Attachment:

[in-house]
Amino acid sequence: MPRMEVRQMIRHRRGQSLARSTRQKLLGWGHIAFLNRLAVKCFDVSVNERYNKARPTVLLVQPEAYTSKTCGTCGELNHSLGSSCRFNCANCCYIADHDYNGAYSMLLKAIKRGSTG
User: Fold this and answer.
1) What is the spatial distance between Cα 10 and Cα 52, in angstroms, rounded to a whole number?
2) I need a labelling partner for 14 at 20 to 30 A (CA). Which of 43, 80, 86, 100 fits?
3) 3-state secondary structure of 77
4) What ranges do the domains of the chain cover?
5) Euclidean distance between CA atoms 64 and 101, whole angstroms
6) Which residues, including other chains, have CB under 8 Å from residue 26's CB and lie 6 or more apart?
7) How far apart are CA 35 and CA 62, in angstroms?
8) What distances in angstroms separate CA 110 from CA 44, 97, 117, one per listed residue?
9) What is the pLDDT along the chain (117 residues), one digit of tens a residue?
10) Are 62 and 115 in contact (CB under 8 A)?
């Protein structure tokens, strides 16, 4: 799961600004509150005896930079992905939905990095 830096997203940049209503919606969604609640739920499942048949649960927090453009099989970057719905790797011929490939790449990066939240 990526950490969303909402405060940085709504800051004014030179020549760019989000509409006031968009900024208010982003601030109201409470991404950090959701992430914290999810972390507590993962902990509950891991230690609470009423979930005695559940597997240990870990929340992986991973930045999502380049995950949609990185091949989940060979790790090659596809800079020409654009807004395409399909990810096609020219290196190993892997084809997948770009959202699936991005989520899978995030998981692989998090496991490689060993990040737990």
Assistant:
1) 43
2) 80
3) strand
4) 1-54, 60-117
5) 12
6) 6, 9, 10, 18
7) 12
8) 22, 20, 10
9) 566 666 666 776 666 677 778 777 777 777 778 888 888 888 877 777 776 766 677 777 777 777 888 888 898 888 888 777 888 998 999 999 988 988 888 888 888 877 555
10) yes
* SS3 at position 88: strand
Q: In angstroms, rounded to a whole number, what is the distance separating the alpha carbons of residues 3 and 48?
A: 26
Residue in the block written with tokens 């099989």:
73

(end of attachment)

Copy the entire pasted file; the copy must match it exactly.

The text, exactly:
[in-house]
Amino acid sequence: MPRMEVRQMIRHRRGQSLARSTRQKLLGWGHIAFLNRLAVKCFDVSVNERYNKARPTVLLVQPEAYTSKTCGTCGELNHSLGSSCRFNCANCCYIADHDYNGAYSMLLKAIKRGSTG
User: Fold this and answer.
1) What is the spatial distance between Cα 10 and Cα 52, in angstroms, rounded to a whole number?
2) I need a labelling partner for 14 at 20 to 30 A (CA). Which of 43, 80, 86, 100 fits?
3) 3-state secondary structure of 77
4) What ranges do the domains of the chain cover?
5) Euclidean distance between CA atoms 64 and 101, whole angstroms
6) Which residues, including other chains, have CB under 8 Å from residue 26's CB and lie 6 or more apart?
7) How far apart are CA 35 and CA 62, in angstroms?
8) What distances in angstroms separate CA 110 from CA 44, 97, 117, one per listed residue?
9) What is the pLDDT along the chain (117 residues), one digit of tens a residue?
10) Are 62 and 115 in contact (CB under 8 A)?
């Protein structure tokens, strides 16, 4: 799961600004509150005896930079992905939905990095 830096997203940049209503919606969604609640739920499942048949649960927090453009099989970057719905790797011929490939790449990066939240 990526950490969303909402405060940085709504800051004014030179020549760019989000509409006031968009900024208010982003601030109201409470991404950090959701992430914290999810972390507590993962902990509950891991230690609470009423979930005695559940597997240990870990929340992986991973930045999502380049995950949609990185091949989940060979790790090659596809800079020409654009807004395409399909990810096609020219290196190993892997084809997948770009959202699936991005989520899978995030998981692989998090496991490689060993990040737990």
Assistant:
1) 43
2) 80
3) strand
4) 1-54, 60-117
5) 12
6) 6, 9, 10, 18
7) 12
8) 22, 20, 10
9) 566 666 666 776 666 677 778 777 777 777 778 888 888 888 877 777 776 766 677 777 777 777 888 888 898 888 888 777 888 998 999 999 988 988 888 888 888 877 555
10) yes
* SS3 at position 88: strand
Q: In angstroms, rounded to a whole number, what is the distance separating the alpha carbons of residues 3 and 48?
A: 26
Residue in the block written with tokens 């099989």:
73